Rogers (1969) calls this "self-appropriated learning" (p. 277). Evidence that experience has

become learning is found through a "demonstrable new capacity" in any aspect of living (Griffin, 1983, p. 13).

Education, then, is an intentional ordering of experiences to achieve specific kinds of learning. Learner experiences occur in relationship with an 'educator' (and the educator's area-of-expertise content). This relationship is designed to maximize particular kinds of desired learning and usually includes more than one learner, adding the element of a group dynamic within the educational context. In both delivery and evaluation, education tends to focus on the planned curriculum. Consequently, a myriad of hidden learning outcomes are overlooked (Cuban, 1993). Echoing the earlier comments about the gap between the curriculum offered, the teaching which is presented, and the learning which occurs, Dewey (1938) points out the "pedagogical fallacy" of presuming that a person's only learning is what's being studied (p. 48). Maling and Keepes (1985) agree that "students learn what they are exposed to rather than what curriculum developers necessarily intended that they should learn" (p. 267).

Purposive learning usually requires a milieu for learners to imagine change, to strengthen the ability to learn how to learn, to develop persistent effort and goodwill, to acquire information with which to work, and to experience the opportunity of evaluating their perspectives. According to Pine and Horne (1969), learners are not 'taught', but through their relationship with a teacher, become motivated to learn. Much of the value attached to learning is derived from the expectation that learning will effect some change in one's skills, attitudes, understanding, capacity, attributes etc. Definitions imply that learning endures. Enduring implies life changing.

I investigated what seemed to be happening for learners when learning seemed to be (or not to be) taking place. I wondered if it mattered whether or not the learning was about emotive issues like fear and anger or about more instrumental issues like mechanics and construction? I decided that the focus questions chosen for the study would need to accept differences among learners and ask what pre-conditional aspects of learning might influence learning experiences. I became increasingly interested in the ecology of education when I realized that learning is a social experience, and compared what elements of a 'learning' climate and a social dynamic might be. My interest became centred on the interplay between teaching and learning. I could see that issues of power, trust, communication, goodwill, risk, ethics, commitment, attention, motivation, and safety were significant factors of those relationships. As my study moved towards understanding the social dynamic, safety continued to emerge as a potential 'umbrella' concept.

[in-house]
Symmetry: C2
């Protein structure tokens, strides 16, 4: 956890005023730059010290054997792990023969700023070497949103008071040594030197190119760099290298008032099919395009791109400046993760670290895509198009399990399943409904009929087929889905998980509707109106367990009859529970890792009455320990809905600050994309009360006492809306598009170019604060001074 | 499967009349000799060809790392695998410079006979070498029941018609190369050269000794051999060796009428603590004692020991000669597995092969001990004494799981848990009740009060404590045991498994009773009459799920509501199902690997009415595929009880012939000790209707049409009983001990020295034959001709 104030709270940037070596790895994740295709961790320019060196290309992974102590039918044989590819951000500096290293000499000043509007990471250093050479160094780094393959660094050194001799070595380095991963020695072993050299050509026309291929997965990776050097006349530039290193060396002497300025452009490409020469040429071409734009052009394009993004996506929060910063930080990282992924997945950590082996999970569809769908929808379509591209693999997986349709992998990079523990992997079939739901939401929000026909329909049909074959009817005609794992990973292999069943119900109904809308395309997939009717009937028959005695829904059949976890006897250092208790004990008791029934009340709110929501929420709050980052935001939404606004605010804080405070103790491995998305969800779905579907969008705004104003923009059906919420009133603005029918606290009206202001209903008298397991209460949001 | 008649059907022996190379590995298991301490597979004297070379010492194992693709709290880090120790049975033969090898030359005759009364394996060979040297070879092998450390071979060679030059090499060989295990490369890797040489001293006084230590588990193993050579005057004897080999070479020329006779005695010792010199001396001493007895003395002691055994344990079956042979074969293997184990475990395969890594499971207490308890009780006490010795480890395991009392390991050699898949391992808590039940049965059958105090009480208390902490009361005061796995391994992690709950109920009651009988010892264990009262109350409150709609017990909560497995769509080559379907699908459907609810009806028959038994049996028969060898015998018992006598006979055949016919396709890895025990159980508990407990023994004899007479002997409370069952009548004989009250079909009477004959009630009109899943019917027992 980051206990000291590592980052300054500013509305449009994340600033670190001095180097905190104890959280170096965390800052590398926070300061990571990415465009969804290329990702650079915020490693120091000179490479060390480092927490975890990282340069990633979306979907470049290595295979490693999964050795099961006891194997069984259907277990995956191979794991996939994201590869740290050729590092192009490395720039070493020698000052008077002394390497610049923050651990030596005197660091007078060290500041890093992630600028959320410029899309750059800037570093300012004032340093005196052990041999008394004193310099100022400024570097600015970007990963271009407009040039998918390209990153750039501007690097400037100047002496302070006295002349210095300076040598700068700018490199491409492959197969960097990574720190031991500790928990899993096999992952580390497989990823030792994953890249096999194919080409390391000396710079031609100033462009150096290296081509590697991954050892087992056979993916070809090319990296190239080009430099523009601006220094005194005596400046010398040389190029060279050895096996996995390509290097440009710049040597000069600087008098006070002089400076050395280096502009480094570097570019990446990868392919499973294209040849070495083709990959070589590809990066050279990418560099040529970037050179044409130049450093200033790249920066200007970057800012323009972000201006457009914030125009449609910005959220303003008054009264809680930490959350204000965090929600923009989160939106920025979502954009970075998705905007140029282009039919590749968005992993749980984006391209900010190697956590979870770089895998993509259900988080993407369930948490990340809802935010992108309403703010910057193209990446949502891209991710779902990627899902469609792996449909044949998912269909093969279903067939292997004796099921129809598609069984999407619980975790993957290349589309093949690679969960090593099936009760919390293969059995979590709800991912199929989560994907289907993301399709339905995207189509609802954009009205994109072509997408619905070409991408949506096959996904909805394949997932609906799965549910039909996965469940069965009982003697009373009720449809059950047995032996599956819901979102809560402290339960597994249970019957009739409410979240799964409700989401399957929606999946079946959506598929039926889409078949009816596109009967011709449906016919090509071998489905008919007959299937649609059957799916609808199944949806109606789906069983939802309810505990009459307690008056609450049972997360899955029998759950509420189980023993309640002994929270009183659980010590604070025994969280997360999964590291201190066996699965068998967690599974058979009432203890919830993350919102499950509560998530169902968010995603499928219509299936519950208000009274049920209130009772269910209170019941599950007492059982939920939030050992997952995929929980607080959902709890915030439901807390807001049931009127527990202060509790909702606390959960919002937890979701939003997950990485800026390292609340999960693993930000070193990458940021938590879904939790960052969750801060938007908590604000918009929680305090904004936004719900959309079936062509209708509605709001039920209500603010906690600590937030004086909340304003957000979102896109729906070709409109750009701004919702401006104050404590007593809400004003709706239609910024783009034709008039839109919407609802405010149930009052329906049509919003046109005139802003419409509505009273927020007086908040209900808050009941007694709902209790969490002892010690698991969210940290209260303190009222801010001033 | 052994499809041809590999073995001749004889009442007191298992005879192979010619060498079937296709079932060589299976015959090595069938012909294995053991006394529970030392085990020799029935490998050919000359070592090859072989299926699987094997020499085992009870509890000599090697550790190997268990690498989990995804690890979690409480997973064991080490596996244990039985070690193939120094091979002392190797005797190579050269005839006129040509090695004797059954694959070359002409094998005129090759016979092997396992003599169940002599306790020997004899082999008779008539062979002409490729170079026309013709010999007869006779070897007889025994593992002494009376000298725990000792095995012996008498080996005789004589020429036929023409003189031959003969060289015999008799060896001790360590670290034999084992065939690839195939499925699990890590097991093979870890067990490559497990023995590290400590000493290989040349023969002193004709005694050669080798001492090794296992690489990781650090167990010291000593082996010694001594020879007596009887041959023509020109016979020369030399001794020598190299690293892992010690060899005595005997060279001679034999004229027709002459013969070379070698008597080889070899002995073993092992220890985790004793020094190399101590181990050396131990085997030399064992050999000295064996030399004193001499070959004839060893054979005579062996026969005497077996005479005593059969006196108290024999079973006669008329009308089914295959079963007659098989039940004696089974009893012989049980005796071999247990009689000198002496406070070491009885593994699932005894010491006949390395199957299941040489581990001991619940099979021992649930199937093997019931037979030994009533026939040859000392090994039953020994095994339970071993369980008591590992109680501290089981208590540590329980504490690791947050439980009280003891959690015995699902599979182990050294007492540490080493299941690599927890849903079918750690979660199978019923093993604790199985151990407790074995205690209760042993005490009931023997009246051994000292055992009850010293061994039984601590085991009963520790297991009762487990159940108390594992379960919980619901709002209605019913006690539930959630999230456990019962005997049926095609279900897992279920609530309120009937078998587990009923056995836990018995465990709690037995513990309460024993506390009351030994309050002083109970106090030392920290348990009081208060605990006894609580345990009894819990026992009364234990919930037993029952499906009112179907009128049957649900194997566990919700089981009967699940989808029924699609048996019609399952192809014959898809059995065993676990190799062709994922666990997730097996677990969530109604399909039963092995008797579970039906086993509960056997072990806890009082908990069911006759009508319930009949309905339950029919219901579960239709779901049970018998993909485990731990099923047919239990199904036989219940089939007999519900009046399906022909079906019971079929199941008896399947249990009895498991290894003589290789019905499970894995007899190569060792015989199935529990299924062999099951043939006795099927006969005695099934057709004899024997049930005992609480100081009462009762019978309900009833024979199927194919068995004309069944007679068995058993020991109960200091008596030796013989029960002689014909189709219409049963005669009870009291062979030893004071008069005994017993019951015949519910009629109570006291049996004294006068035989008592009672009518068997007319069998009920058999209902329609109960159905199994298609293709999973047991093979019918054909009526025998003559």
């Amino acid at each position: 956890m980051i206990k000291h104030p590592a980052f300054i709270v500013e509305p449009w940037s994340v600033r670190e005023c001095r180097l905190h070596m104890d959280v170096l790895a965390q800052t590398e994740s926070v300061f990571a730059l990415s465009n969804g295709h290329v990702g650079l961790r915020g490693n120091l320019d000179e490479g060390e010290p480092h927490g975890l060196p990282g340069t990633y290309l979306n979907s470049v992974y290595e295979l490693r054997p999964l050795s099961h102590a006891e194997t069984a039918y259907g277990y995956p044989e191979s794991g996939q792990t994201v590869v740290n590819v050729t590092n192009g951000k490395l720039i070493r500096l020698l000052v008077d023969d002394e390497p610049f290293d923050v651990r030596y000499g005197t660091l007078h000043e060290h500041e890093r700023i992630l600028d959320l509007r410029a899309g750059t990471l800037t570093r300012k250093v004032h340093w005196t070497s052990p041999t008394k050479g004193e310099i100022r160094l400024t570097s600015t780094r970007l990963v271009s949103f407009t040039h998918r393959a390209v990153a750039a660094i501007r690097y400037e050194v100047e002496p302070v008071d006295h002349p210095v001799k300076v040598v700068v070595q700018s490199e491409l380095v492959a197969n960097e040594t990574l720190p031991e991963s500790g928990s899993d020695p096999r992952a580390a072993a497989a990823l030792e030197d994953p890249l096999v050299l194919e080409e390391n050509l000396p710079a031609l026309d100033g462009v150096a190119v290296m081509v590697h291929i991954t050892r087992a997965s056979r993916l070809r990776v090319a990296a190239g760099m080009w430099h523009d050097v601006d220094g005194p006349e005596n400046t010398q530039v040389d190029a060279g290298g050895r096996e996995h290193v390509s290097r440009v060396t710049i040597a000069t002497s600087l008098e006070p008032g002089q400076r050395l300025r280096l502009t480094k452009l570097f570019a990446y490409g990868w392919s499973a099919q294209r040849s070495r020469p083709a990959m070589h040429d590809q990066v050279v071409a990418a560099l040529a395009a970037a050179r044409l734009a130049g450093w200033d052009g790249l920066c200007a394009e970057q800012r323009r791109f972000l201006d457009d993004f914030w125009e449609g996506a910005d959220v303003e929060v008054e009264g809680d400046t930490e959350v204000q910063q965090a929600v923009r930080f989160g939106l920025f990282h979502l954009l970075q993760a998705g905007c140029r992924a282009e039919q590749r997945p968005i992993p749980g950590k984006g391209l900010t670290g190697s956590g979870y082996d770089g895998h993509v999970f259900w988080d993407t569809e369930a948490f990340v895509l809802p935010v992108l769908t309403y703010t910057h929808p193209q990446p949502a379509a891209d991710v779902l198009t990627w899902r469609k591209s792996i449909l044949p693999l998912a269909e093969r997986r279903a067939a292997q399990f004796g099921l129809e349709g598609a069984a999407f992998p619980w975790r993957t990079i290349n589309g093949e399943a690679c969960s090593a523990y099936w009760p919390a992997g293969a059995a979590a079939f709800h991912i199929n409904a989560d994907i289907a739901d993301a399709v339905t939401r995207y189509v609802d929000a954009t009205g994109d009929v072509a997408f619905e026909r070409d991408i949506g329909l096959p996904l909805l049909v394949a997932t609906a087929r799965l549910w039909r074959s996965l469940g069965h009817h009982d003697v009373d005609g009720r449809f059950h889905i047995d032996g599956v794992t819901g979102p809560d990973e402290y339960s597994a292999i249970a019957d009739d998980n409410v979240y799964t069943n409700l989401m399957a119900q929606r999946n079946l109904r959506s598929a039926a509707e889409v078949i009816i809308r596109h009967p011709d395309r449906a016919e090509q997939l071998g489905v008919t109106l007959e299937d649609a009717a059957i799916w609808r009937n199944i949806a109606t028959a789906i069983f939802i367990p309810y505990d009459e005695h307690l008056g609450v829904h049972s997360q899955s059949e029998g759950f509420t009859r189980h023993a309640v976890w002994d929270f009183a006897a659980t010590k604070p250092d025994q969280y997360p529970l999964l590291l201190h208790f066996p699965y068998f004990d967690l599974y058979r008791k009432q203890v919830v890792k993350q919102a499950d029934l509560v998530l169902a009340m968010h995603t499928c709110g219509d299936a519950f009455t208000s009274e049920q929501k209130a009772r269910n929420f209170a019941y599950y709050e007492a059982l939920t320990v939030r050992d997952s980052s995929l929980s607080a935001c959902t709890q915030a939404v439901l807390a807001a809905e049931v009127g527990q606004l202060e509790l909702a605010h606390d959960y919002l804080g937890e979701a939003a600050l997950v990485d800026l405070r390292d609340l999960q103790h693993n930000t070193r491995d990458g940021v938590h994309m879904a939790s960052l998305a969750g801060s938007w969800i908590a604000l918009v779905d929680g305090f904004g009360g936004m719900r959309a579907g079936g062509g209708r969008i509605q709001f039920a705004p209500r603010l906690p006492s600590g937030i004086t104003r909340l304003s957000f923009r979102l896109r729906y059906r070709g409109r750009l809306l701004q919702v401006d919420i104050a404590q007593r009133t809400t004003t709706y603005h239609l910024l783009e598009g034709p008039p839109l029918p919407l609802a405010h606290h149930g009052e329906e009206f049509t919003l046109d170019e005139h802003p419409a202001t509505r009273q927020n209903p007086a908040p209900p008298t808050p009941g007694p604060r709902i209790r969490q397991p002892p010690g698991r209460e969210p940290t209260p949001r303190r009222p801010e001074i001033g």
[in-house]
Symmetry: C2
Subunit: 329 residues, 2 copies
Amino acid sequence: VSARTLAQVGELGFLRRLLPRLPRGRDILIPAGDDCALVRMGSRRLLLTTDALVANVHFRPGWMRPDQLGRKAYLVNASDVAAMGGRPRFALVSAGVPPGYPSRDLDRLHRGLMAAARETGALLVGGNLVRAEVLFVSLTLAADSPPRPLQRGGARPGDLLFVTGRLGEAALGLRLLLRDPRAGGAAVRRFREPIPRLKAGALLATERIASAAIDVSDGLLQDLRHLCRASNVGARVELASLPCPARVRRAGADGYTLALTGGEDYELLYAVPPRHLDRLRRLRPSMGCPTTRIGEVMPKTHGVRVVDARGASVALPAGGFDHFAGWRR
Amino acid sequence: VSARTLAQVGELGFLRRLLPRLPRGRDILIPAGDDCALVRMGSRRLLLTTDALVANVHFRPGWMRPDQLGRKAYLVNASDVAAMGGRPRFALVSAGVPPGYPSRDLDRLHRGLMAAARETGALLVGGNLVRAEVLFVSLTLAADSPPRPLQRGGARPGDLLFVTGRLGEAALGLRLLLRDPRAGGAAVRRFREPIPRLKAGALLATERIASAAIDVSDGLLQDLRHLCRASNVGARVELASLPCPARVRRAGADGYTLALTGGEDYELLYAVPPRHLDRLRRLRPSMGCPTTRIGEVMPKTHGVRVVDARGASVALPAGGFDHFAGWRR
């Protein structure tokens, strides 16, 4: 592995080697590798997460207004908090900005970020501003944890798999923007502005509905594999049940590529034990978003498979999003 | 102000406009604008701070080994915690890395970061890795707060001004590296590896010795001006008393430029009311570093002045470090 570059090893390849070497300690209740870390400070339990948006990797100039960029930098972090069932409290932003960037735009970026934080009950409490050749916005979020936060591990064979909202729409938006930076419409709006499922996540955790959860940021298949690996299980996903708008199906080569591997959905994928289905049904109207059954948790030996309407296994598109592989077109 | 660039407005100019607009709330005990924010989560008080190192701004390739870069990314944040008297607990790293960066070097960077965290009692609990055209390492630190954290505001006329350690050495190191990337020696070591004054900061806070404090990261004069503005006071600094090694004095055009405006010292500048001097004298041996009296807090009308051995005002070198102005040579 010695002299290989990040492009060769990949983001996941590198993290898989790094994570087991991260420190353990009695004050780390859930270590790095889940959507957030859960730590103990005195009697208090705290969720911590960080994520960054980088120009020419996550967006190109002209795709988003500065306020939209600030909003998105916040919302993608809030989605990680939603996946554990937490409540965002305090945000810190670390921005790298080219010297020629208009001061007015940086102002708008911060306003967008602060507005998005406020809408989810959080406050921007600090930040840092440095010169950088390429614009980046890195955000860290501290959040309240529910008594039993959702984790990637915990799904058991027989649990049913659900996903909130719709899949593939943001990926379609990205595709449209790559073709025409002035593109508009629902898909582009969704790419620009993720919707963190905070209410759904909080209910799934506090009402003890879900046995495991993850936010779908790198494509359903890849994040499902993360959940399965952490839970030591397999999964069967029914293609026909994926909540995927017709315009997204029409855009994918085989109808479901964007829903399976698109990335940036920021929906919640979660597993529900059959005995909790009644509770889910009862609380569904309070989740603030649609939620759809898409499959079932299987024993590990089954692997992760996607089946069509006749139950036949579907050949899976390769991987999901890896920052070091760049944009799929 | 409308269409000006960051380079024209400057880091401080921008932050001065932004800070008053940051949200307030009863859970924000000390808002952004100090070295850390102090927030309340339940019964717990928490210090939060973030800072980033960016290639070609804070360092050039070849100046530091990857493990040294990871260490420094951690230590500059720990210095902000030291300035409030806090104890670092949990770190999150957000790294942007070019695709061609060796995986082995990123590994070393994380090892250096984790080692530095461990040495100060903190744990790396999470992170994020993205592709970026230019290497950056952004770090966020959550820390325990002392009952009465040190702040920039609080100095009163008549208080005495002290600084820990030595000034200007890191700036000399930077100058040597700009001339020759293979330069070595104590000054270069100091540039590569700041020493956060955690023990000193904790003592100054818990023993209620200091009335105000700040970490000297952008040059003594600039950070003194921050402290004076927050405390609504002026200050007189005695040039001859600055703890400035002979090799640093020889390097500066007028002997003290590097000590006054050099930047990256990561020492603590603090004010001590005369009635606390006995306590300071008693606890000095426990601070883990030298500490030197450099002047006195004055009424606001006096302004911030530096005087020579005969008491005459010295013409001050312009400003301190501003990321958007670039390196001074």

Social Dynamic/Group Dynamic

How complex social dynamics are if course tutours take seriously

what students are experiencing(23).

A diffused social group becomes defined as a group dynamic when program participants move through introductions to the work of learning. The group dynamic will develop with or without guidance from the educator but, because of the pivotal importance of relationships to successful learning outcomes, educators have a fundamental responsibility to lead group development (Griffin, 1987; Hodgson & Reynolds, 1987; Hare, 1992; Hyde, 1992). The educator has most of the power and responsibility to influence what sort of dynamic emerges: "[as the teacher] the atmosphere you create during the first hour of a class often determines the tone for the rest of the class sessions" (Apps, 1991, p. 78; Knowles, 1980, p. 224). "The behaviour of the instructor is, without a doubt, the single most potent force in establishing a social climate" (Knowles, 1980, p. 225). Tom (1994) suggests that educators create a "frame of the deliberate relationship".

A learning community "emerges from mutual communication, meaningful work, and empowering methods" (Shor, 1992, p. 259). It is important that individual learners are capable of sharing group goals (Hayes, 1989). There needs to be a "sense of inviting a range of voices and styles of communication within it" (Burbules, 1993, p. 7).